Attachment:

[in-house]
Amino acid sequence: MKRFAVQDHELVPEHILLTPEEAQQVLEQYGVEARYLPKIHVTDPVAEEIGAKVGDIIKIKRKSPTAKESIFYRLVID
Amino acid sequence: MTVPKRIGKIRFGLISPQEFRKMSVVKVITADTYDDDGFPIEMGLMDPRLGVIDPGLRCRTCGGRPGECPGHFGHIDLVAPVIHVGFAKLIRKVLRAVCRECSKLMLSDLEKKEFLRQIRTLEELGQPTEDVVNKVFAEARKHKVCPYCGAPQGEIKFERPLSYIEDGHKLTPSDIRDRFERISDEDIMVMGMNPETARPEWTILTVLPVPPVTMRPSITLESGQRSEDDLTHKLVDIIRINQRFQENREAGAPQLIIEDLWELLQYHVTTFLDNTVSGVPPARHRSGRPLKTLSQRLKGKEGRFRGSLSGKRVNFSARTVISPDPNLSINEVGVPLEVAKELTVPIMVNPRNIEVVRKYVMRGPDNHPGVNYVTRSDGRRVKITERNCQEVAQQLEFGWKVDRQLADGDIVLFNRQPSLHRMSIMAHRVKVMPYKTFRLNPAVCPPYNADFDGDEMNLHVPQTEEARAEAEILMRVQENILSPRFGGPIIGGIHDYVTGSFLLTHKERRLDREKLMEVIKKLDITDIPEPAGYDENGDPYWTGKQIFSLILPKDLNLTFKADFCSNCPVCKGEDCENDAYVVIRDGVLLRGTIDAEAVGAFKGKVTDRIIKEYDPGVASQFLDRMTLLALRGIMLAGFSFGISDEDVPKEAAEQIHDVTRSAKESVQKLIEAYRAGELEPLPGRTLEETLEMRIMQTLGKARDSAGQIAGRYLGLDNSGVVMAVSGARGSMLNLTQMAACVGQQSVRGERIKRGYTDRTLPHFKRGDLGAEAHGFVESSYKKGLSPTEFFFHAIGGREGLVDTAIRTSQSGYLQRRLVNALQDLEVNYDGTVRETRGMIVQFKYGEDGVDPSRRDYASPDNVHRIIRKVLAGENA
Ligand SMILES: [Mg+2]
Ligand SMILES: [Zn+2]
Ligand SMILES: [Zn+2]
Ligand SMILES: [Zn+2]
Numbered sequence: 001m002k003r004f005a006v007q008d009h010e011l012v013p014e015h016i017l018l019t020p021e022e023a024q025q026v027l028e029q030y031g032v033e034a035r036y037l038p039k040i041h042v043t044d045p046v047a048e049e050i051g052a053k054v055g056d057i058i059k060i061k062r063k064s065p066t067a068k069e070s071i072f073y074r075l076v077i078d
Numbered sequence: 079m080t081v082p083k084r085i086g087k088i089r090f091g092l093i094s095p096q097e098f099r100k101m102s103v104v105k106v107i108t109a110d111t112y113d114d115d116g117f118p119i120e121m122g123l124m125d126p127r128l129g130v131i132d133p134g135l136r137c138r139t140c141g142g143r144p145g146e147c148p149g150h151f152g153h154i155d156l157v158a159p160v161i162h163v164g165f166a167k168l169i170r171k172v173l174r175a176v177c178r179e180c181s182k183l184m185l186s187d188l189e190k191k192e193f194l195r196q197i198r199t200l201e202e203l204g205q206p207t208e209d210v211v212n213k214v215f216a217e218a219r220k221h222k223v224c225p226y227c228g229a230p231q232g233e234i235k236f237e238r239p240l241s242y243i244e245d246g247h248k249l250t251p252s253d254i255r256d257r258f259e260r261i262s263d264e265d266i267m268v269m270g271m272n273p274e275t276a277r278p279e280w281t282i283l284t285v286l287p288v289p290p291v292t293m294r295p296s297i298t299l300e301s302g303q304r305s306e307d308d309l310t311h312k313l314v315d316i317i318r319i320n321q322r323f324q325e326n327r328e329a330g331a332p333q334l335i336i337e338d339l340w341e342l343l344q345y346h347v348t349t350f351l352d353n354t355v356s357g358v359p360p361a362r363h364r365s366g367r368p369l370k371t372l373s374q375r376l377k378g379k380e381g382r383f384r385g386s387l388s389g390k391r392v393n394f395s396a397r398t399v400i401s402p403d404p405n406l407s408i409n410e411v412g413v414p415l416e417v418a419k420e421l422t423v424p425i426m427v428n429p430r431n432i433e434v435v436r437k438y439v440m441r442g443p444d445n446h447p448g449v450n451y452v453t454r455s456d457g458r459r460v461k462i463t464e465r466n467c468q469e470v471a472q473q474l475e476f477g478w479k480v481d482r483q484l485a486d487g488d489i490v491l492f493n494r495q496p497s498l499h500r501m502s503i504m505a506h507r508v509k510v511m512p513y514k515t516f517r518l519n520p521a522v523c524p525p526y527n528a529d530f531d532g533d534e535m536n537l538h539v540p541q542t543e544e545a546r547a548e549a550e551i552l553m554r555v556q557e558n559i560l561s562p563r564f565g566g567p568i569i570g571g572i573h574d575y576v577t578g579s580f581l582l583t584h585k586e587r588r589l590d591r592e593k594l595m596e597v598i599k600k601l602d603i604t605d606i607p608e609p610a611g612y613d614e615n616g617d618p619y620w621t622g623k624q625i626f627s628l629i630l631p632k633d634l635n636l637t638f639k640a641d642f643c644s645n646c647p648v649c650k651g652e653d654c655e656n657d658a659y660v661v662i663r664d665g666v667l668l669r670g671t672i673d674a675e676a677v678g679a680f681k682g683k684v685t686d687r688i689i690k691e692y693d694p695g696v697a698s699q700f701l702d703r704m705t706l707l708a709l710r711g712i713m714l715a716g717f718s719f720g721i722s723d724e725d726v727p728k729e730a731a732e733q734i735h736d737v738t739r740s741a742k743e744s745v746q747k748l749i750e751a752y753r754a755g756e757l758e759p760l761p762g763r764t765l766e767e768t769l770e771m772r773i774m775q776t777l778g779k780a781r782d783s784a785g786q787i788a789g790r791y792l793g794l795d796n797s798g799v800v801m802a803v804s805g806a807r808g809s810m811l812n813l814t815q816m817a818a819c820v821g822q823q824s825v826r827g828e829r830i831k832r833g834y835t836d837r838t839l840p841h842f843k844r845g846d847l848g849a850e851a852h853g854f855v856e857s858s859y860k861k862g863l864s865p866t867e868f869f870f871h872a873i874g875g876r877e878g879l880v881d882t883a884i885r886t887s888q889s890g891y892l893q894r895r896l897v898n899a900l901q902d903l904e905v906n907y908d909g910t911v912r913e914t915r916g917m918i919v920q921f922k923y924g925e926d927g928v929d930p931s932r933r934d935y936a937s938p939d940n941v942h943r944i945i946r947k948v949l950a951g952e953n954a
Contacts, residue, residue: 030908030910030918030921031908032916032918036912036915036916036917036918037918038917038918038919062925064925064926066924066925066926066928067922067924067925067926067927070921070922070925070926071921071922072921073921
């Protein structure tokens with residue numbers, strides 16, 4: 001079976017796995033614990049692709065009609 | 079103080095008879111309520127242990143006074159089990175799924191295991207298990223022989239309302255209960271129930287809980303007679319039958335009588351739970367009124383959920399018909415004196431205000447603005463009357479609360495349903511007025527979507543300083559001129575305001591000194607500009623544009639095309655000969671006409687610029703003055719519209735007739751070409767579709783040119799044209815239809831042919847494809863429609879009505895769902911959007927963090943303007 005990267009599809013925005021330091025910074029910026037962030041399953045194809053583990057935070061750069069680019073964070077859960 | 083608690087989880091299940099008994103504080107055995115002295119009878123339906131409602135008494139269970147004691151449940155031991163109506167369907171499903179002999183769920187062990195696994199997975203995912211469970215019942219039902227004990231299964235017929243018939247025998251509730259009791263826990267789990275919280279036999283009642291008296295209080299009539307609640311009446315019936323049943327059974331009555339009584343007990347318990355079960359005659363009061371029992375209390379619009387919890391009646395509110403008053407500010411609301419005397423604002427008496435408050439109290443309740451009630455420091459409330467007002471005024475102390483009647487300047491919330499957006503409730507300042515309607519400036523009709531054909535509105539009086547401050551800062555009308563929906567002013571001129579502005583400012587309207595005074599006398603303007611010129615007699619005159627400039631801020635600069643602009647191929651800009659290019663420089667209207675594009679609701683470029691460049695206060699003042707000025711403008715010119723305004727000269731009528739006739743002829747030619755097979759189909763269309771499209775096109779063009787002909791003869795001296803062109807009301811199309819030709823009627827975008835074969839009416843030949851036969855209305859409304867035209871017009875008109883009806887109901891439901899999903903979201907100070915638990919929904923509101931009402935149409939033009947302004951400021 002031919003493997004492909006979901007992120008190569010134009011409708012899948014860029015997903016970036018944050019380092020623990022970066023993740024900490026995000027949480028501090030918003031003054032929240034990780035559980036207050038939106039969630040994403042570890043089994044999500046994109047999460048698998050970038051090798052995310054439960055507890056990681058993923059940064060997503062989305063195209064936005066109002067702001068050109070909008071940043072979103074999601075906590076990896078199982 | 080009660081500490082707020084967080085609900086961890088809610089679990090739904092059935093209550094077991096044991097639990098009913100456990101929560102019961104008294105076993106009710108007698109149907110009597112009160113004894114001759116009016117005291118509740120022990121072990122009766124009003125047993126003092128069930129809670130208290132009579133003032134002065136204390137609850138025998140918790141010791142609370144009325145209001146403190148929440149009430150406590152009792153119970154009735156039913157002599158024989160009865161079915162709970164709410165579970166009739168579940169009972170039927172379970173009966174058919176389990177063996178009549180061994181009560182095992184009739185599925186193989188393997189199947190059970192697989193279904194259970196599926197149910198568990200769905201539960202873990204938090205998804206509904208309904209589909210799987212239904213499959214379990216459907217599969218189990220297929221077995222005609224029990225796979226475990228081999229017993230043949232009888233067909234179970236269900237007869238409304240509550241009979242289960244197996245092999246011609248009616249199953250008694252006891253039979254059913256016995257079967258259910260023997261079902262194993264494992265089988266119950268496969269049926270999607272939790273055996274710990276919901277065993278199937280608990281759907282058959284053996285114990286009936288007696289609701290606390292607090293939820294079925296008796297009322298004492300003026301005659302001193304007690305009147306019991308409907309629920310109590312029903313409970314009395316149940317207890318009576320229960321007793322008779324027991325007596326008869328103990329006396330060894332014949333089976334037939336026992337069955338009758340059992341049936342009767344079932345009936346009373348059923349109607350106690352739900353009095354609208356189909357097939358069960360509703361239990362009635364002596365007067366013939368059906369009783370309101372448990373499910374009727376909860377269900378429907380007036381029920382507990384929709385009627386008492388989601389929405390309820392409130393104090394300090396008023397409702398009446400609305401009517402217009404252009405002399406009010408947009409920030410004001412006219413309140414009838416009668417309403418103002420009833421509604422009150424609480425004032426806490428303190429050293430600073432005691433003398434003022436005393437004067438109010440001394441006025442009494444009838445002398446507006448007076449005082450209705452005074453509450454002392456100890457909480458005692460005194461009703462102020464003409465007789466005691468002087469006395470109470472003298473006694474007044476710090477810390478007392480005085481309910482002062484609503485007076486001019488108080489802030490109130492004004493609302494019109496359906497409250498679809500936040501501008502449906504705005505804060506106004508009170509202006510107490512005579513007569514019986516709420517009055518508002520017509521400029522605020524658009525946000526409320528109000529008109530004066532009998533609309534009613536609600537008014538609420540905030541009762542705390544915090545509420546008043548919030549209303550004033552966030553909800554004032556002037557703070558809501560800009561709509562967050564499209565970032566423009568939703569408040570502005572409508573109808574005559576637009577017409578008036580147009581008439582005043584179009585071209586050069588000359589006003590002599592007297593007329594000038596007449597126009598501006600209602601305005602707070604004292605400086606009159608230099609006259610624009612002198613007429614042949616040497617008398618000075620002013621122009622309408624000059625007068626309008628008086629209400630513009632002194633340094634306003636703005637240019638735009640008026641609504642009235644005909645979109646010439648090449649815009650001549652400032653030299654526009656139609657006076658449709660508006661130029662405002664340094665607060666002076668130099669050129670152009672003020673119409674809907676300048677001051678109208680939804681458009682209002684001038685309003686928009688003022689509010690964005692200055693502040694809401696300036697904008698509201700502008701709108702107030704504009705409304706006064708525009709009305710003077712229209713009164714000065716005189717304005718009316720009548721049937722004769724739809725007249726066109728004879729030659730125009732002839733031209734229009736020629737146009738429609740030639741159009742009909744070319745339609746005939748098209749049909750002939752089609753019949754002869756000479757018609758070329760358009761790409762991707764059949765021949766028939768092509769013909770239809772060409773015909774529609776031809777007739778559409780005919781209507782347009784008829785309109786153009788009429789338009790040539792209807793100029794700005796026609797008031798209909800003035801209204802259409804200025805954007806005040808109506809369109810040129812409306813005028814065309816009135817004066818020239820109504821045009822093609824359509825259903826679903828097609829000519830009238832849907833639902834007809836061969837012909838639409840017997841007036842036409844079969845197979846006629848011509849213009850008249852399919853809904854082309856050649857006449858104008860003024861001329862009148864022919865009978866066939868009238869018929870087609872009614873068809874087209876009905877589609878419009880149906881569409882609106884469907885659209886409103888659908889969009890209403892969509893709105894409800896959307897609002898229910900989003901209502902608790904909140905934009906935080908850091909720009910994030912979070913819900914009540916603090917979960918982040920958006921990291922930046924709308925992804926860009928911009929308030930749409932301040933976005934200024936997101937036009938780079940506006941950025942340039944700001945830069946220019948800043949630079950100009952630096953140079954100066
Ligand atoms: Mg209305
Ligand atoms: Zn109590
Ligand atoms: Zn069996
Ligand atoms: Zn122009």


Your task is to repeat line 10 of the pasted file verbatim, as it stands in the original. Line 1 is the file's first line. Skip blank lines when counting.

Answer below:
Contacts, residue, residue: 030908030910030918030921031908032916032918036912036915036916036917036918037918038917038918038919062925064925064926066924066925066926066928067922067924067925067926067927070921070922070925070926071921071922072921073921